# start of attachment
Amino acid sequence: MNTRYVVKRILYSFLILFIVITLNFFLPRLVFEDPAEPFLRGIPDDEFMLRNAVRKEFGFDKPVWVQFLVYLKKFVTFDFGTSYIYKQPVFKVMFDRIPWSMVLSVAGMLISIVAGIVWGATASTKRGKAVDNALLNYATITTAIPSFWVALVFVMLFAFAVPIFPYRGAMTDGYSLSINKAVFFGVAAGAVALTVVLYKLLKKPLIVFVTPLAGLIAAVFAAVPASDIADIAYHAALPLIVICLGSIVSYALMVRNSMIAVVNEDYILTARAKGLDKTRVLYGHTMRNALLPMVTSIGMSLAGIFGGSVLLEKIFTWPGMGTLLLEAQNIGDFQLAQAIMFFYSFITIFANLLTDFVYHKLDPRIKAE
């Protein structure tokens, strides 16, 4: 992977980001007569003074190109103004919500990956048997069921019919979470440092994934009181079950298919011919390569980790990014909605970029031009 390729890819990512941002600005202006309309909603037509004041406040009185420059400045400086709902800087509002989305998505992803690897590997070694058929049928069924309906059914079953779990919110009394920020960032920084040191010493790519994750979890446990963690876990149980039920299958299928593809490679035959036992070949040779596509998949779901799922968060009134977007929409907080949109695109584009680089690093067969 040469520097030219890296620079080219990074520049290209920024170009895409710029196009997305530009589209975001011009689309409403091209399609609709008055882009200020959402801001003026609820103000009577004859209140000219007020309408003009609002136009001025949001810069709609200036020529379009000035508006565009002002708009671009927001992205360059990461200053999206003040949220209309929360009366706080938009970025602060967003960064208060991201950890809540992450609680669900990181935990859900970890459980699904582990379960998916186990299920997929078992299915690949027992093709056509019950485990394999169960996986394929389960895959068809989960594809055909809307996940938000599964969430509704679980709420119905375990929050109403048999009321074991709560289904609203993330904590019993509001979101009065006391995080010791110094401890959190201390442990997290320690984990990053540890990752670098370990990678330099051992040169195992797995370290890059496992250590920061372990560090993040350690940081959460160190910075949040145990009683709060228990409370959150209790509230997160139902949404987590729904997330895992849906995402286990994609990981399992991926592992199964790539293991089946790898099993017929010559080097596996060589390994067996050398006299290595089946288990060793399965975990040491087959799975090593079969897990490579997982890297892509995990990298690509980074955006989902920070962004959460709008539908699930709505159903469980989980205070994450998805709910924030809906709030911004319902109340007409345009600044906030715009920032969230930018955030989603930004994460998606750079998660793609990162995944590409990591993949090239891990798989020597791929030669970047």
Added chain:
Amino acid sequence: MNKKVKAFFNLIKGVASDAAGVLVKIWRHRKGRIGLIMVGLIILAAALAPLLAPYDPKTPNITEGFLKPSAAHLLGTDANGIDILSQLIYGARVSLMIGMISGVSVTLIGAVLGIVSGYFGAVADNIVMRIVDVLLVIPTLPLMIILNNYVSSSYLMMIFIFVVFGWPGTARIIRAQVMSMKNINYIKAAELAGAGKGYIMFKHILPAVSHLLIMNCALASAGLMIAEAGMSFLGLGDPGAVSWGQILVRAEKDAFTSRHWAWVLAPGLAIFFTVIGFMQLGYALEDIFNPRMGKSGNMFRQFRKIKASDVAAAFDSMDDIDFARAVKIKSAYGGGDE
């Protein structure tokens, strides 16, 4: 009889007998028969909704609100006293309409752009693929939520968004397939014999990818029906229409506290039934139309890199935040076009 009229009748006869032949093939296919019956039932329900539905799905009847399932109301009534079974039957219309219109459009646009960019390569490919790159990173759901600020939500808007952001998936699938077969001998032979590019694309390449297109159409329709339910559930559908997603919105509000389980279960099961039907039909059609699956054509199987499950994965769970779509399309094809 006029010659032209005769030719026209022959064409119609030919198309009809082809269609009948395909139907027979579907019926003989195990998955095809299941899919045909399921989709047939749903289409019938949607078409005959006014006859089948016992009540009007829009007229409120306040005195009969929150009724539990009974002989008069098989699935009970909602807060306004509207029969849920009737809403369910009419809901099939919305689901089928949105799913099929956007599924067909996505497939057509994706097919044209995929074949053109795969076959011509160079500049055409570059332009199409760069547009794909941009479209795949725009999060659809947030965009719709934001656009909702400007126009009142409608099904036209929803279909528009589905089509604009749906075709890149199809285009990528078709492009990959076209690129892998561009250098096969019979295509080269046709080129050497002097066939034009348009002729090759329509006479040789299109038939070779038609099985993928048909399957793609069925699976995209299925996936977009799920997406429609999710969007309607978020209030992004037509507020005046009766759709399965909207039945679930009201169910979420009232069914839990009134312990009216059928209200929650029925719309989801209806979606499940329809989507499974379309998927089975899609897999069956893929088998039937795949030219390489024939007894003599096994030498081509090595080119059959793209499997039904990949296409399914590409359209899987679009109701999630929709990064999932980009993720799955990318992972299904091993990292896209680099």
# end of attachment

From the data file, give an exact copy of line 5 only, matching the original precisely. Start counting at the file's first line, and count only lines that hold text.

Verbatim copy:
């Protein structure tokens, strides 16, 4: 009889007998028969909704609100006293309409752009693929939520968004397939014999990818029906229409506290039934139309890199935040076009 009229009748006869032949093939296919019956039932329900539905799905009847399932109301009534079974039957219309219109459009646009960019390569490919790159990173759901600020939500808007952001998936699938077969001998032979590019694309390449297109159409329709339910559930559908997603919105509000389980279960099961039907039909059609699956054509199987499950994965769970779509399309094809 006029010659032209005769030719026209022959064409119609030919198309009809082809269609009948395909139907027979579907019926003989195990998955095809299941899919045909399921989709047939749903289409019938949607078409005959006014006859089948016992009540009007829009007229409120306040005195009969929150009724539990009974002989008069098989699935009970909602807060306004509207029969849920009737809403369910009419809901099939919305689901089928949105799913099929956007599924067909996505497939057509994706097919044209995929074949053109795969076959011509160079500049055409570059332009199409760069547009794909941009479209795949725009999060659809947030965009719709934001656009909702400007126009009142409608099904036209929803279909528009589905089509604009749906075709890149199809285009990528078709492009990959076209690129892998561009250098096969019979295509080269046709080129050497002097066939034009348009002729090759329509006479040789299109038939070779038609099985993928048909399957793609069925699976995209299925996936977009799920997406429609999710969007309607978020209030992004037509507020005046009766759709399965909207039945679930009201169910979420009232069914839990009134312990009216059928209200929650029925719309989801209806979606499940329809989507499974379309998927089975899609897999069956893929088998039937795949030219390489024939007894003599096994030498081509090595080119059959793209499997039904990949296409399914590409359209899987679009109701999630929709990064999932980009993720799955990318992972299904091993990292896209680099």